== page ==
SpaceX, Iridium boast of resilience during geomagnetic storm

A massive geomagnetic storm hit Earth on May 10-11, prompting the FCC to investigate its effects on telecom networks. Now, satellite companies, including SpaceX and Iridium, are detailing their experiences.

Mike Dano, Editorial Director, 5G & Mobile Strategies

June 25, 2024

3 Min Read
Global satellite internet abstract illustration with earth in space
(Source: Andrey Suslov/Alamy Stock Vector)

A "once-in-a-generation" geomagnetic storm in May had little effect on the satellite operations of both Iridium and SpaceX's Starlink, the companies told the FCC.

"Iridium thanks the commission for the opportunity [to] discuss [the] impact of the storm on satellite network operations and is proud to report that Iridium's resilient network handled the storm extremely well with no service impact to its customers, due in large part to Iridium's experience operating satellites and its advanced network equipment," the company wrote in a filing to the FCC this week. Iridium sells satellite services to a variety of customers, including those in the telecom industry.

SpaceX offered a similar take.

"While equivalent terrestrial storms like hurricanes of this magnitude have knocked out ground-based networks, SpaceX was fortunately able to maintain service throughout the May solar storm," the company wrote. "Indeed, on the day of the storm's peak on May 11, the average Starlink user saw less than one minute of disruption. Since then, SpaceX's satellite communications have continued nominally without degradation for users."

SpaceX counts roughly 3 million customers to its Starlink Internet service, and the company is expanding into other areas, including supplying connections directly to T-Mobile's phone customers. Starlink officials recently boasted of 90 operational satellites capable of such "direct to cell" connections.

In general, both Iridium and SpaceX trumpeted their efforts to design resilience into their networks. SpaceX, for example, wrote that its roughly 6,000 low-Earth orbit (LEO) satellites weathered the storm "thanks to a combination of automatic stationkeeping and collision avoidance, as well as years of first-hand on-orbit experience."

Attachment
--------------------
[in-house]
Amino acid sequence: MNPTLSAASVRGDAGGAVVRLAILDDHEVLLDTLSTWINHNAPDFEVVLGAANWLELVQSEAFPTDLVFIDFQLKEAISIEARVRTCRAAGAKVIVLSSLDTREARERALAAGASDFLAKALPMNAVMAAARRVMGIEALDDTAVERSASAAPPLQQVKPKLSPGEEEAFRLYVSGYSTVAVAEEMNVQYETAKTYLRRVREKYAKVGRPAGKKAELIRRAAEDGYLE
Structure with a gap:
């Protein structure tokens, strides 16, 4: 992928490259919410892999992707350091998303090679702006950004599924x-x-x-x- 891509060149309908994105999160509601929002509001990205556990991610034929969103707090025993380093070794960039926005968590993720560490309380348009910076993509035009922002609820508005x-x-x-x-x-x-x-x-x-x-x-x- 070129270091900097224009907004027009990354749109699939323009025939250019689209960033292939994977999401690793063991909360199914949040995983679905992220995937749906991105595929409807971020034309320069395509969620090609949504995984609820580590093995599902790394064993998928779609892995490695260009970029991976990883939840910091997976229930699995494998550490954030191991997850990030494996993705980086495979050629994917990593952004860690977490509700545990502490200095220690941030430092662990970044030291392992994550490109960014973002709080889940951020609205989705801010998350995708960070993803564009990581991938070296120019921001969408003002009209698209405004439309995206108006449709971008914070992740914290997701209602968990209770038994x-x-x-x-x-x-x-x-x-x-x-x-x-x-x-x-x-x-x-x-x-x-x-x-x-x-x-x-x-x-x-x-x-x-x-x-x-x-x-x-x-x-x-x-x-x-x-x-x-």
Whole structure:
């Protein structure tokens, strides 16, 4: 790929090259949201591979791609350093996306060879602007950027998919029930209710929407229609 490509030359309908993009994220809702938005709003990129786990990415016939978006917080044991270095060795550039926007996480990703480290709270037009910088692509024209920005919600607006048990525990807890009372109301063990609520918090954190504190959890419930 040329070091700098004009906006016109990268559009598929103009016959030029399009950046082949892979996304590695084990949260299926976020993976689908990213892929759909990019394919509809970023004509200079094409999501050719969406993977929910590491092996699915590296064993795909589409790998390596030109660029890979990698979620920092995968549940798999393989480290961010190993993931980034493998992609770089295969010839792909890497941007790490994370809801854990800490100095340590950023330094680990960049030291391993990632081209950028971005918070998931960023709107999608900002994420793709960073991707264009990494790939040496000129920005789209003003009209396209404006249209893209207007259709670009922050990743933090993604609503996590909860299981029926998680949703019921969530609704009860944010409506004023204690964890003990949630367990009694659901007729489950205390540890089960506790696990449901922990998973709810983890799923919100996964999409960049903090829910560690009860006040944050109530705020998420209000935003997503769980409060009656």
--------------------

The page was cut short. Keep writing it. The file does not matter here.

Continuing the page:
Iridium also pointed to its experience with previous geomagnetic storms, and as a result has designed its satellites "to be highly resilient, with the ability to maneuver the constellation very quickly without impacting service to customers."

The reports are noteworthy considering the FCC is considering expanding the scope of its mandatory network-outage reporting requirements.

The reports from SpaceX and Iridium stem from a massive geomagnetic storm that hit the Earth on May 10-11. The storm, caused by solar activity, disturbed Earth's magnetic field in a way that "culminated in a remarkable display of the aurora borealis overnight," according to NASA. The effect was "visible from many areas worldwide, including latitudes where sightings of auroras are uncommon," the US space agency continued.

'Extreme' storm sparked FCC investigation

The storm was rated G5, or "extreme," which is the highest level on the NOAA (National Oceanic and Atmospheric Administration) Space Weather Scale. Such events can affect power networks, spacecraft operations and other systems.

Shortly after the storm, the FCC said it would investigate its effects.

"On May 11, 2024, the FCC High Frequency (HF) Direction Finding Center, which supports the public safety community and federal partners by locating interference to radio spectrum below 30 MHz, observed significant disturbance in the propagation of HF radio signals," the FCC wrote later in May. "This disturbance resulted in the disruption of voice and data communications passed over HF frequencies."

Continued the FCC: "To better understand the impacts of the geomagnetic storm on the US communications sector, the [FCC's Public Safety and Homeland Security] Bureau is requesting information from communications service providers and the public regarding disruptions in communications between May 7 and 11, 2024, that it believes to be a result of the storm."

The FCC's proceeding is still open, and it's likely that other companies will detail their own experiences with the storm.

About the Author(s)

Mike Dano

Editorial Director, 5G & Mobile Strategies, Light Reading

Mike Dano is Light Reading's Editorial Director, 5G & Mobile Strategies. Mike can be reached at [email protected], @mikeddano or on LinkedIn.

Based in Denver, Mike has covered the wireless industry as a journalist for almost two decades, first at RCR Wireless News and then at FierceWireless and recalls once writing a story about the transition from black and white to color screens on cell phones.

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